• Rapidly implemented

    • Cost effective

    • State-of-the-art

    • Sustainable

    • Environmentally sound

This project is very important for the United States, Louisiana and the Global Economy

  • U.S. participation in international trade has grown faster than the overall United States economy, quadrupling in real value since 1980. Approximately 1.7 billion tons of merchandise is estimated to be moving in and out of the country each year, totaling about $1.5 trillion in imported goods and services and $800 billion in exports.

  • Ports in the U. S. are struggling to expand capacity fast enough to keep pace with current and projected requirements for containerized throughput.

  • Numerous studies have shown that water transportation is less expensive than trucks and trains. However, it is anticipated that with an increase of imports and exports resulting from the LIGTT project, all modes of transportation, including trucks and trains, will become more efficient and profitable as their revenues increase.

  • Studies have estimated that container terminals are near capacity as a result of the imbalance between supply and demand. Further, ports are ill equipped to receive post-Panamax containerships, the use of such is an increasing trend reflected in current orders by shipping lines.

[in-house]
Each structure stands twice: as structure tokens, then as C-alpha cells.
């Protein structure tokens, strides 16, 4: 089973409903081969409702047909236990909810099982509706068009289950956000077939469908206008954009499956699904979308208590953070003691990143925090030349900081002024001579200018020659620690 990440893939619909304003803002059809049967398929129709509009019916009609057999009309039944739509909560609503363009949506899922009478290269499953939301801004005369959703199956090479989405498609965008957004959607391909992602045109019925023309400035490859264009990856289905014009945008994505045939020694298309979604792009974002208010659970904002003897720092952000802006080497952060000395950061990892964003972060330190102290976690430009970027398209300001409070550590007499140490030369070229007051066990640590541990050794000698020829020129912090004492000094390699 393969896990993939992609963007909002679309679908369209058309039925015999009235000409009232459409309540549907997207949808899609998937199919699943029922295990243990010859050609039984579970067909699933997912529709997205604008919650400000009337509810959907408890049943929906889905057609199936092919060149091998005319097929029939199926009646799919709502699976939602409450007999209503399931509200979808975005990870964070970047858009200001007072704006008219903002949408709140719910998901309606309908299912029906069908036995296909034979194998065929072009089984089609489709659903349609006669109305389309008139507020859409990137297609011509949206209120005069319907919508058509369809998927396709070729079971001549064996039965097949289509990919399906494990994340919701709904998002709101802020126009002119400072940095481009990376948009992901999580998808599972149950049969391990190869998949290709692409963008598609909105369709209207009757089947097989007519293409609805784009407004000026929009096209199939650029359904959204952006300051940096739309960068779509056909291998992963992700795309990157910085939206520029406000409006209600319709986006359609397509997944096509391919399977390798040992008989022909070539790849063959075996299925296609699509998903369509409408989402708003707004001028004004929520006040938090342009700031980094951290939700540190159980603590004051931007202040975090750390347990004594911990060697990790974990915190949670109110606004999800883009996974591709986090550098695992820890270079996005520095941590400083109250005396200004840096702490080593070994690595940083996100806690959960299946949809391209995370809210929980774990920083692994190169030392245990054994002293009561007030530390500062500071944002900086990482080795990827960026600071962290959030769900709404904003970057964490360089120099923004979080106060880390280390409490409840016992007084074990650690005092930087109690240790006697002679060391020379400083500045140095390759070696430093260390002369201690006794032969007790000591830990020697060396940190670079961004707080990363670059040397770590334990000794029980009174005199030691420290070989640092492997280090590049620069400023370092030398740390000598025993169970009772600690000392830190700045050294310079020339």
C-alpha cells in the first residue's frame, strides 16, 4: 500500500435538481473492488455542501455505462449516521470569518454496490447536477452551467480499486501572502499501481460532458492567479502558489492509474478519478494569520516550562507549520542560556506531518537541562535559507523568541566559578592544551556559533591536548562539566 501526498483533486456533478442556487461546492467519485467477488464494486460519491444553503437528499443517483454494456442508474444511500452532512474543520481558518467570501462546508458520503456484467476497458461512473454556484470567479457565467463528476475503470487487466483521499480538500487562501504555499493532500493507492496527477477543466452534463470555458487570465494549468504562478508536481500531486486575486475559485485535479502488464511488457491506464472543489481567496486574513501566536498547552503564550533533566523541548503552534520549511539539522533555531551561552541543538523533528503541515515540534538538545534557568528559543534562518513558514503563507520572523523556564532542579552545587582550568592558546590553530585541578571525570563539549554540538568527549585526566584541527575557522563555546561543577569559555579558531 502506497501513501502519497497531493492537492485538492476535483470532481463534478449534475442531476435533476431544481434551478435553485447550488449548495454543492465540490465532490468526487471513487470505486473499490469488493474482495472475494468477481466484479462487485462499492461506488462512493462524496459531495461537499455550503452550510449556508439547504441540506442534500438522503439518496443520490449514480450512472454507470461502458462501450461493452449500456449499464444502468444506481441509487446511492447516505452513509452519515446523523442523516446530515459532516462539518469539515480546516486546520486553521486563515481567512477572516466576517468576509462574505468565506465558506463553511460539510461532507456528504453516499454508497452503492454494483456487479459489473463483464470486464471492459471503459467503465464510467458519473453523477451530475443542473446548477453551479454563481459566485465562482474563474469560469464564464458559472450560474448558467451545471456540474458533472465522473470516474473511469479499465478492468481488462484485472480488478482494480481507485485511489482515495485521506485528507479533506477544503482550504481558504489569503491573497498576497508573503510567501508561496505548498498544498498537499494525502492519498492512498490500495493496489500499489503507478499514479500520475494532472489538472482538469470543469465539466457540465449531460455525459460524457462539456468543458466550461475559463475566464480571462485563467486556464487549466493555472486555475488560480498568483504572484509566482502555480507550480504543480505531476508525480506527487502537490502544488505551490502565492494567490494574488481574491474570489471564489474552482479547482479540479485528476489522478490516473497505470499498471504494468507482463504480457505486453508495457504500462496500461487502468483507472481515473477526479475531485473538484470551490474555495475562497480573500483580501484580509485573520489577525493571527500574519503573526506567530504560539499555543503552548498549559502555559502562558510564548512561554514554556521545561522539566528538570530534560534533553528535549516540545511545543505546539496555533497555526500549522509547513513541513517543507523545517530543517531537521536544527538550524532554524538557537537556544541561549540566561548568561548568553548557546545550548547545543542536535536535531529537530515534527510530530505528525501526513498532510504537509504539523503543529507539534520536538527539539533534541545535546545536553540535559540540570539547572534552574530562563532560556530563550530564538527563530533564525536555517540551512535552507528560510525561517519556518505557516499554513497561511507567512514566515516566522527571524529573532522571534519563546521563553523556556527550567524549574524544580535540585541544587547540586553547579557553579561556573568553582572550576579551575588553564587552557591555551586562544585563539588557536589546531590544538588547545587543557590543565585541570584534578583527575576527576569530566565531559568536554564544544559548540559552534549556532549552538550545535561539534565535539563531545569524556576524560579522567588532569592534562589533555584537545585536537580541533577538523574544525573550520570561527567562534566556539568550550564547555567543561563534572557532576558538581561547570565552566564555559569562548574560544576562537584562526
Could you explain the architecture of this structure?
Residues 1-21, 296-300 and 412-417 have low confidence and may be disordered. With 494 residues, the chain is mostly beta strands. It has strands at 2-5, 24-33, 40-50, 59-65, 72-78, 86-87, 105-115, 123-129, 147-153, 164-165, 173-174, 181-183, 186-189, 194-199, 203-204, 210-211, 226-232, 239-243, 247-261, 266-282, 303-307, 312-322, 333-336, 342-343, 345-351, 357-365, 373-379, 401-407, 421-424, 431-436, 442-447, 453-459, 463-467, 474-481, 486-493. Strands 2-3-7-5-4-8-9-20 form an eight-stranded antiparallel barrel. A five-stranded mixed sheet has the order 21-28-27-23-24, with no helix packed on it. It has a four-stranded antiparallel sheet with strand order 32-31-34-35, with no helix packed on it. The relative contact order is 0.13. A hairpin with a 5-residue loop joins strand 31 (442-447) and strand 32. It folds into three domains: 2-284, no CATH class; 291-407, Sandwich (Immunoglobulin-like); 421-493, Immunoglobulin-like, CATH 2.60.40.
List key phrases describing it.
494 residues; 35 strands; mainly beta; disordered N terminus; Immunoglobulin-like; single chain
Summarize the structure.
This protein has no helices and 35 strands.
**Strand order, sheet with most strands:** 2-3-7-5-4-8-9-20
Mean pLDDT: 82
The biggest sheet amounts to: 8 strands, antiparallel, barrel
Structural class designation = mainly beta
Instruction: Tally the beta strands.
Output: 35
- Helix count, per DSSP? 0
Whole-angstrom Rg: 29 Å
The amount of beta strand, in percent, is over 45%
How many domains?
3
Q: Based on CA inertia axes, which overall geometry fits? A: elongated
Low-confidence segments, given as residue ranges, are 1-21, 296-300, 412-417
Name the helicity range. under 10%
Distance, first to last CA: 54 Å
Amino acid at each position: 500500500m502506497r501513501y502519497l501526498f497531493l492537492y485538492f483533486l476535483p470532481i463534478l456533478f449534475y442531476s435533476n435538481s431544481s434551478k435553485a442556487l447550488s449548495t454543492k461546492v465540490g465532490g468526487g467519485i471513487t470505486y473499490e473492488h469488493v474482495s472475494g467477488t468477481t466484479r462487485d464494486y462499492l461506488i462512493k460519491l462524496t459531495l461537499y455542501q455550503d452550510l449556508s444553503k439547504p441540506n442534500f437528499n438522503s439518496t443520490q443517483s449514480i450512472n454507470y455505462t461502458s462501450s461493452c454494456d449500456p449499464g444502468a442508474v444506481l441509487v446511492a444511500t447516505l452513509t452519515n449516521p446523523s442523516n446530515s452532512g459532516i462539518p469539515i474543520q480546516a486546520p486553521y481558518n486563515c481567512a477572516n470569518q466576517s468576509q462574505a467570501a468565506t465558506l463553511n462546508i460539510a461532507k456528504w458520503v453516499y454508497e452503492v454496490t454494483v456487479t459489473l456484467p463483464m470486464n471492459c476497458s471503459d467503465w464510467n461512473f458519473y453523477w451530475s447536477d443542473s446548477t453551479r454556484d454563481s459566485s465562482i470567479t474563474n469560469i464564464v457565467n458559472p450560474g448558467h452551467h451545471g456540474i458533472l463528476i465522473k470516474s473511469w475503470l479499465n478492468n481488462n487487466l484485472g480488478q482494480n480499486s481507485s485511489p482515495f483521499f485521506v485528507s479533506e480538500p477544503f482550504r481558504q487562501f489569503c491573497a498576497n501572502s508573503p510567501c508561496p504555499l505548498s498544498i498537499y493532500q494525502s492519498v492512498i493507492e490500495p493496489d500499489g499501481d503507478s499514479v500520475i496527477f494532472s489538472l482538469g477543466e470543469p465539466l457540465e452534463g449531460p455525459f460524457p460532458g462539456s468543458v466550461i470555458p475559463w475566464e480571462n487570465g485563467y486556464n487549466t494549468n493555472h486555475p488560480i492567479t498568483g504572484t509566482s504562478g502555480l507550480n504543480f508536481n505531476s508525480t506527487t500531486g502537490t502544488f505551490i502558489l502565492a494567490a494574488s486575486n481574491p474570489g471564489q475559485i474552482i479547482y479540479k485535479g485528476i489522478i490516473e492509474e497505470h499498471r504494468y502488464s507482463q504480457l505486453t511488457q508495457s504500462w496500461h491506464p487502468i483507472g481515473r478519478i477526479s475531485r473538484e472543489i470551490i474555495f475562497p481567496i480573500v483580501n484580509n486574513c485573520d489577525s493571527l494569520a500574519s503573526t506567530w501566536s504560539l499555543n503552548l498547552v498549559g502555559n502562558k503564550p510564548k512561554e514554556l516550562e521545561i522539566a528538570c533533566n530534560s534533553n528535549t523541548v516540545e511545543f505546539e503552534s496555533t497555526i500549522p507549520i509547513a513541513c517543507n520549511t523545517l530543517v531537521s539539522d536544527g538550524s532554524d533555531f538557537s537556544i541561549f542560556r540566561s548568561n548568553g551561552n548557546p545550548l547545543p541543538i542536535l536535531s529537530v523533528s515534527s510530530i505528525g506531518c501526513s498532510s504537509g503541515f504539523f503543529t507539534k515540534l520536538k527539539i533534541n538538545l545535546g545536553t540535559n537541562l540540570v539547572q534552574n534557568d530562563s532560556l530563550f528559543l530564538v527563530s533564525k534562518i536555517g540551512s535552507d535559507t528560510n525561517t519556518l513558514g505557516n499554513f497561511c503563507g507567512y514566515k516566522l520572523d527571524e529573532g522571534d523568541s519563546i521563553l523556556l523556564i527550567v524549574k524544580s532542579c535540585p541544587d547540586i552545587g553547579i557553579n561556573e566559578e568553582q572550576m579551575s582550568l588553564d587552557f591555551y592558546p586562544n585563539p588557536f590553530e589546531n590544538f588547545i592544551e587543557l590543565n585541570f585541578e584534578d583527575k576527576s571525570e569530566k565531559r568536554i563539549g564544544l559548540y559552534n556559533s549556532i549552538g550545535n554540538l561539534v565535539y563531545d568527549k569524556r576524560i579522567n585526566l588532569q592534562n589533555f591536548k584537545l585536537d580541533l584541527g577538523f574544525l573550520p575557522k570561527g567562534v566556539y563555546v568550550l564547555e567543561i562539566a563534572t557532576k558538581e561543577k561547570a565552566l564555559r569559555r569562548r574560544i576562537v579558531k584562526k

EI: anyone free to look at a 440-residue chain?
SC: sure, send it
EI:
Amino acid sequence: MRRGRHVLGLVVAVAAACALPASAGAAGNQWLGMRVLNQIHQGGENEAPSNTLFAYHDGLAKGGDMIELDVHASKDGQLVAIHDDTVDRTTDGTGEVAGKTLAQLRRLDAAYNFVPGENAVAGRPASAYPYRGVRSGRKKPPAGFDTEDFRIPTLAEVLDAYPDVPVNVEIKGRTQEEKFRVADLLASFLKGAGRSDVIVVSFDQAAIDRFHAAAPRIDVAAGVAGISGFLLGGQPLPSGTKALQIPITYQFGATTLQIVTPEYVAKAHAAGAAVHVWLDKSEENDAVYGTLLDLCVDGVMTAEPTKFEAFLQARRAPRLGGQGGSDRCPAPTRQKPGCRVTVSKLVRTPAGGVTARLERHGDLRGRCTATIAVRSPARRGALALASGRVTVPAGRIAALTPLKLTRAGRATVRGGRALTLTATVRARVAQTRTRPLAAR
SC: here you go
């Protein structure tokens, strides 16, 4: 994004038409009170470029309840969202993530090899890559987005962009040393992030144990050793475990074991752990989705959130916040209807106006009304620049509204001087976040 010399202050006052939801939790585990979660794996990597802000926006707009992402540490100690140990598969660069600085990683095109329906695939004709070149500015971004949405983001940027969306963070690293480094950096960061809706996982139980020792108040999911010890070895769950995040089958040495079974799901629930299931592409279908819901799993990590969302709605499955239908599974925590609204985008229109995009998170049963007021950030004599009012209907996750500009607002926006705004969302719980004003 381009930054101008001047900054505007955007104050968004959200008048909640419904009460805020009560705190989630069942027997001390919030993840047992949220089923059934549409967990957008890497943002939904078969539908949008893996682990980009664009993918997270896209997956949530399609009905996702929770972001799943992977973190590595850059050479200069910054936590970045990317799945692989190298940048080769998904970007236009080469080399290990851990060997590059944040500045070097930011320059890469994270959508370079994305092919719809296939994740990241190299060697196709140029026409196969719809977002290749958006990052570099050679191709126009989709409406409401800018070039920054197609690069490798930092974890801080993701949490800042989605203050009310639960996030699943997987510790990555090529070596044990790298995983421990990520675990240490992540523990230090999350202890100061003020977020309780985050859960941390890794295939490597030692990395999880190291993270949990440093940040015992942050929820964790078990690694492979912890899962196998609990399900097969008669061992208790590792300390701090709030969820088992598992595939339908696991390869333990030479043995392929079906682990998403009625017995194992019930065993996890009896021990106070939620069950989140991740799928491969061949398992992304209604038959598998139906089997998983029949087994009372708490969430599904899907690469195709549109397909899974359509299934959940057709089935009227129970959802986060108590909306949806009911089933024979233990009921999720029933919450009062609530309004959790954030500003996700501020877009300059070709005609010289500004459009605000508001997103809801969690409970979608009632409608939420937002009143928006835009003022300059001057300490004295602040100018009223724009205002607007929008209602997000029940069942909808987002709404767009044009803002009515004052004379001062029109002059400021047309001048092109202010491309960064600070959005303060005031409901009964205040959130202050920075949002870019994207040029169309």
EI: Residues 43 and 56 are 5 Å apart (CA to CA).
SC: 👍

• US infrastructure is rapidly decaying and its shipping capacity is in need of a dramatic expansion to create a hub-and-spoke system to transport goods to and from America’s heartland via the Mississippi River and its tributaries.

  • In the very near future, most US ports will not be able to handle the larger, more efficient and environmentally friendly shipping vessels that will launch through the expanded Panama Canal. Some of these larger, super-vessels are currently in operation.

  • The Global Marine and Container Terminal Operation industry has experienced strong growth as domestic economies have rebounded from the financial crisis.

  • According to UK-based shipping consultant Drewry Maritime Equity Research, global container trade will grow by 4.7% in 2014 reaching 684 million TEU’s by the end of the year.

  • The impacts of the LIGTT facility will extend throughout the interior of the United States, reaching 33 states along the 14,500 miles of the Mississippi River and its tributaries as well as ports along the northern Gulf of Mexico, Mexico and throughout the Caribbean.

  • Market growth is strongly correlated to economic growth and regional/national GDP serves as the best indicator of future container volumes.

  • This project will help the US in the Post-Panamex era by enabling the utilization and nation to handle the larger ships of tomorrow while increasing the utilization and efficiency of our extensive inland waterway system.

  • With an increase of imports and exports resulting from the LIGTT project, all modes of transportation, including trucks and trains, will become more efficient and profitable as their revenues increase.